State-of-the-art

The active agent’s physical and chemical properties, route of delivery and application are the driving factors of choosing the type of controlled release system and the delivery mechanism. The compatibility with active ingredients plays a major role in the selection of materials.

Material

Recently developed materials can be classified into two major groups: Polymers and Glass and Ceramics.

 

Polymers

Controlled release applications widely use biodegradable and non-biodegradable polymers. In recent years, despite the success of polymeric systems, a distinct need for alternatives has emerged in controlled release applications.

 

Glass and Ceramics

Ceramic and glass materials have proven to be excellent carriers for sustained release. To produce ceramic and glass materials for controlled release applications, the fusion and sol-gel routes can be applied. Figure 2: illustrates the active agent’s release profile in sol-gel glass carriers of identical composition, but dissimilar physical properties and morphologies.

Figure 2. Release profile of an active agent in sol-gel glass carriers with the same composition but different physical properties and morphologies related to the synthesis parameters

Controlled Release Systems

Reservoir Systems

A common method to obtain reservoir-type carriers for controlled release is microencapsulation. Fig 3 illustrates the synthesis of silica microcapsules through sol-gel for an over-the counter drug.

Figure 3. Silica microcapsules synthesized via sol-gel as controlled released carriers for an over-the counter drug

Matrix Systems

Here the agents are homogeneously dissolved or dispersed throughout the material processed to the required shape and geometry. The release rate is affected by the type of material, its geometry and concentration of the active agent. Figures 4 and 5 present examples of porous and non-porous silica carriers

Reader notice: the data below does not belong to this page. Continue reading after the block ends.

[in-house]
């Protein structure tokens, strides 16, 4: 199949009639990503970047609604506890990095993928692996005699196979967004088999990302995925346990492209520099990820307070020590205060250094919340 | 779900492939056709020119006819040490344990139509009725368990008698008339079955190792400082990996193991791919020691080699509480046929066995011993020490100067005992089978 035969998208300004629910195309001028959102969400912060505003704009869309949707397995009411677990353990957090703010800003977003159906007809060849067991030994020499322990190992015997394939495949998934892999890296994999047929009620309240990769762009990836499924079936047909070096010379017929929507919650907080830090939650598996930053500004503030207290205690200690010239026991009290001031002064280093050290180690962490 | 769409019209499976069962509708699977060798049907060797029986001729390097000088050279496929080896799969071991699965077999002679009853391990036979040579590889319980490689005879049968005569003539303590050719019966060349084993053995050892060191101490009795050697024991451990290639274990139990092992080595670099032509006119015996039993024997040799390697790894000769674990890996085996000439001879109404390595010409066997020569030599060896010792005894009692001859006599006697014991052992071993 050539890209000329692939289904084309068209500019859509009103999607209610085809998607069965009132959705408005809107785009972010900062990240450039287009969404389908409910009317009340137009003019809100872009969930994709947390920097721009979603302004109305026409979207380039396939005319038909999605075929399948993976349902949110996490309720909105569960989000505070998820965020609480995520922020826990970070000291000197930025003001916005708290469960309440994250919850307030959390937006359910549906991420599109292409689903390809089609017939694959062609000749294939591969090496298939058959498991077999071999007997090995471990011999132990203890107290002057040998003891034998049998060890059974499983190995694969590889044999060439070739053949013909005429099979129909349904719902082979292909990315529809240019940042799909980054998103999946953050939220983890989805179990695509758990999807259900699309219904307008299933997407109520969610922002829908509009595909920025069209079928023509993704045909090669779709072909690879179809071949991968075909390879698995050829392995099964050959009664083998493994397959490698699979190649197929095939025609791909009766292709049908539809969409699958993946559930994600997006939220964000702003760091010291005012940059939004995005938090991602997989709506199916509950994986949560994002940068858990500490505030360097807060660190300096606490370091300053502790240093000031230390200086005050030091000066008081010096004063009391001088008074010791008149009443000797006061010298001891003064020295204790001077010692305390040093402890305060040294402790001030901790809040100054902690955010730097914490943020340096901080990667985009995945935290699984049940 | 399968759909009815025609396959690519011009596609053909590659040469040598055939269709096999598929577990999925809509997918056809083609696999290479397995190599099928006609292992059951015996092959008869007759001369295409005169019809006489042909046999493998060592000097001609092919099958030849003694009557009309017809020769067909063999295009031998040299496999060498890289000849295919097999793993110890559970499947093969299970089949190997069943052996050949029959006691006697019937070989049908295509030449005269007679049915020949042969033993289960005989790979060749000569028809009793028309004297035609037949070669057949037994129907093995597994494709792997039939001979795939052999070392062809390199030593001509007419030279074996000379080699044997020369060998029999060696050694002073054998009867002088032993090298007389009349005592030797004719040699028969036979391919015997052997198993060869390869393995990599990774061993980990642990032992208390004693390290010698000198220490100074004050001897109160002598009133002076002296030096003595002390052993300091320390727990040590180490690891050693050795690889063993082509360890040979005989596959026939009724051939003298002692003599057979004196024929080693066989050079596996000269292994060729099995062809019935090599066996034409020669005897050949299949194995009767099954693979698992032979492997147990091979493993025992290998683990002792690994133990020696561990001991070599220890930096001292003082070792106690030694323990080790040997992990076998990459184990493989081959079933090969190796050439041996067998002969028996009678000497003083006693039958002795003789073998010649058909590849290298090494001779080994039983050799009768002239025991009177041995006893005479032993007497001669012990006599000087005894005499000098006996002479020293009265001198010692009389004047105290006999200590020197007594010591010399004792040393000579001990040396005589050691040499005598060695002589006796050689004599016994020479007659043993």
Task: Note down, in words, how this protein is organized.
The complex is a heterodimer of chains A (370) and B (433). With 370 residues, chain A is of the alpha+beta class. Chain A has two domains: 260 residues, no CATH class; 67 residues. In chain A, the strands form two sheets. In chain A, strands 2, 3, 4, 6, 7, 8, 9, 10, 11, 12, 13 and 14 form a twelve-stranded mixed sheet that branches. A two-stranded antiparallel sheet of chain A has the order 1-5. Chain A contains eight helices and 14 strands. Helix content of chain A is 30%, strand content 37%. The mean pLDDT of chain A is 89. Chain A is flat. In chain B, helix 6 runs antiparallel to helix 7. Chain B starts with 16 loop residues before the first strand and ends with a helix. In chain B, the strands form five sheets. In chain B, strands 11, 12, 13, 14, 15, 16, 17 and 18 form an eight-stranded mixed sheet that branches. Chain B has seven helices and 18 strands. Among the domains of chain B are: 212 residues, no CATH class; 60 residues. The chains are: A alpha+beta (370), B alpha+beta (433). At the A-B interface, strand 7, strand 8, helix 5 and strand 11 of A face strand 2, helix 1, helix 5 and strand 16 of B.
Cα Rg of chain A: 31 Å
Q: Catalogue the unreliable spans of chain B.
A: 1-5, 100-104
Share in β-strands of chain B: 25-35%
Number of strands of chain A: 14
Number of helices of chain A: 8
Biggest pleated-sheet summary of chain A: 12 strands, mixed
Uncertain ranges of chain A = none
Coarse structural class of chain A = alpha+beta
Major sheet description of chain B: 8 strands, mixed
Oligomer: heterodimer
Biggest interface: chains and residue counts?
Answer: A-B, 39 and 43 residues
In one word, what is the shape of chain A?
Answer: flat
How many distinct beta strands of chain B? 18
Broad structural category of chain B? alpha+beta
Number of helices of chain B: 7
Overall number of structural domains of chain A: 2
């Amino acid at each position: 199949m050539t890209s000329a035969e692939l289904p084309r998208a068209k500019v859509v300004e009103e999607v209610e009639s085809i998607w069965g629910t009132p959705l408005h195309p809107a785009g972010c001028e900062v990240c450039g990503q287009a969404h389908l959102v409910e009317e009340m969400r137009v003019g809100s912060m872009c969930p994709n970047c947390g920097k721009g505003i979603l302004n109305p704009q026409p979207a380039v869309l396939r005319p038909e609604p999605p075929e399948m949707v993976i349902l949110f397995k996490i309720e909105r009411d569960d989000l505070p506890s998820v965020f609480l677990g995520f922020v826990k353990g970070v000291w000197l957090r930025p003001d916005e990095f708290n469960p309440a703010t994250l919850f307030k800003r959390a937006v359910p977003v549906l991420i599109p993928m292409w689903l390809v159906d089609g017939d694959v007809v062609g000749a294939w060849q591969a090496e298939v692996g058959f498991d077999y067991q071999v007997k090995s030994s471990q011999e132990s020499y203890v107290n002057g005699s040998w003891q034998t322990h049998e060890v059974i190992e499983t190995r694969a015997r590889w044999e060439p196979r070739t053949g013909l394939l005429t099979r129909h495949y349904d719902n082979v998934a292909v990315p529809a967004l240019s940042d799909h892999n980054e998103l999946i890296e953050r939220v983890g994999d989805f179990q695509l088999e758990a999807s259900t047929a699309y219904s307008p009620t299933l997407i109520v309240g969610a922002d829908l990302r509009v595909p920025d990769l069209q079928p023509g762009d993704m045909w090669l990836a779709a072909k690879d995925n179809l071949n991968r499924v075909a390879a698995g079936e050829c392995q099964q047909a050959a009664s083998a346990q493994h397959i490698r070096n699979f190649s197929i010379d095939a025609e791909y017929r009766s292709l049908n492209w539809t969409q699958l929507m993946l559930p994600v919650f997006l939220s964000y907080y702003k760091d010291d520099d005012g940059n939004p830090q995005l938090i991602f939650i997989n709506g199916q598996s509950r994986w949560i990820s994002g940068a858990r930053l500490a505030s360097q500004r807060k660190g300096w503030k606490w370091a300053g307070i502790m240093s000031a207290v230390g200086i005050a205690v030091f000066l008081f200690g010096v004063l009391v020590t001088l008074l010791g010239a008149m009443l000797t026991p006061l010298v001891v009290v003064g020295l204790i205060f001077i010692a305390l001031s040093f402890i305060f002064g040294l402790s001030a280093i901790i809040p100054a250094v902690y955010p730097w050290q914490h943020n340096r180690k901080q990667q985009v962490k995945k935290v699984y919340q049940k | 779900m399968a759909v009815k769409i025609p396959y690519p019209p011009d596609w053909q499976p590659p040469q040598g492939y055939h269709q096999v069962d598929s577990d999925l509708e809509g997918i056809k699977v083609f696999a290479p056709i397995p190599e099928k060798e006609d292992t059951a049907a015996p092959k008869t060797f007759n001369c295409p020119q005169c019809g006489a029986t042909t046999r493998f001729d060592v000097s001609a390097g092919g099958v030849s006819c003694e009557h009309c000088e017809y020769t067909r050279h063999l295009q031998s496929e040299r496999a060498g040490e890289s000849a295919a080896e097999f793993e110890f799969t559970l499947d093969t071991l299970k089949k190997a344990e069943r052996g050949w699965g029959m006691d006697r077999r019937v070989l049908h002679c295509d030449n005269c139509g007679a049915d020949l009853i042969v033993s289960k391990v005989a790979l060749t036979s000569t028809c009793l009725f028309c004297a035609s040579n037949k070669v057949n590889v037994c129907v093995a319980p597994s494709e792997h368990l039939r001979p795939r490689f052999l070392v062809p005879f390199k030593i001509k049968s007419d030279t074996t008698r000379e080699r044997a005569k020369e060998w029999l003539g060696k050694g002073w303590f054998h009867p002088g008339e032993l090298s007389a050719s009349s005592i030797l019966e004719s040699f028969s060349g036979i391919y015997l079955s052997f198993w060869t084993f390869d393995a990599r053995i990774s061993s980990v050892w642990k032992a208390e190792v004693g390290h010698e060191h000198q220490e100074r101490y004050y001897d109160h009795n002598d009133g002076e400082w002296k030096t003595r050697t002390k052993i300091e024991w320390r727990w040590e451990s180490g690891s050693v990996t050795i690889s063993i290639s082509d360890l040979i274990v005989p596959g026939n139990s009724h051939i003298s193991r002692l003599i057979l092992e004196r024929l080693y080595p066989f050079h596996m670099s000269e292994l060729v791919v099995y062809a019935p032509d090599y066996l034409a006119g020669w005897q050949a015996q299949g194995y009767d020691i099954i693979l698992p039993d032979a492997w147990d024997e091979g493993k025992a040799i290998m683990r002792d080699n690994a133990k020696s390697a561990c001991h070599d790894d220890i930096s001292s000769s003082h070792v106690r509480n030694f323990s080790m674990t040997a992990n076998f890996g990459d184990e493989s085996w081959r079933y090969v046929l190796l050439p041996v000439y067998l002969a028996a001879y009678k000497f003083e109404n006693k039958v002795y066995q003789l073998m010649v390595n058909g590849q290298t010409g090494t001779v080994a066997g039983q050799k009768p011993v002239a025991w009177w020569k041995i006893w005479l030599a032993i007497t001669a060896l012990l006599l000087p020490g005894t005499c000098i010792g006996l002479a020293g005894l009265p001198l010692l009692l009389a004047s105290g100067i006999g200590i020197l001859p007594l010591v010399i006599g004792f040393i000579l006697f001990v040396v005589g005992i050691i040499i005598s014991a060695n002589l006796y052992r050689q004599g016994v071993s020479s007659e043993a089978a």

Figure 4 and 5. Examples of porous and non-porous silica carriers including a dispersed over-the-counter drug

Mechanisms of Release

Diffusion Controlled Release

A matrix that consists of a degradable or non-degradable material confines the agent. The release mechanism involves the migration and diffusion inside the reservoir to the matrix surface subsequently the supply of the active compound in the interface between the surrounding medium and the matrix, and end with the delivery into the medium from the surface.

Solvent-Activated Release

Some materials, affected by altered interactions and changes in hydrophobicity between the organic groups, demonstrate reversible swelling/shrinkage in water. This behavior improves the movement of the structural chains supporting the agent molecules’ diffusion and release.

Osmotically-controlled Release

Osmotic systems are promising when it comes to the delivery of poorly soluble compounds. Osmotic pressure facilitates the ejection of the active ingredient dispersed in a polymeric matrix and which cannot diffuse through it. Figure 6 illustrates the osmotic pressure created by allowing the fluid to flow into its dosage form.

Figure 6. The osmotic pressure is created by the flow of fluid into the dosage form. The rate of release of the drug from the dosage form is directly proportional to the osmotic pressure

Stimulus-responsive Release

Materials that are smart and capable of adapting their response to environmental parameter changes show promise for controlled release.

Chemically-activated Release

In biodegradable polymers, drug release takes place when non-soluble polymers hydrolyzes into tinier non toxic molecules.

Patented Controlled Release Technologies

There are multiple controlled release technologies in oral, transdermal, injectable and implantable forms are available in the market. This table below lists some patented controlled release osmotic systems.

Table 1. Patented Controlled Release Technologies

Technology Route Description
Port® Oral Two dosage formats: tablet or capsule. A polymeric matrix containing the drug is coated by a semi permeable polymer rate-controlling polymer. An initial dosage is released followed by the release of a second dosage of the agents contained in a gelatine core coated with a semi permeable membrane. When placed in contact with an aqueous medium, the water diffuses and increases the osmotic pressure and therefore ejects the agent after a lag time dependingon the coating thickness.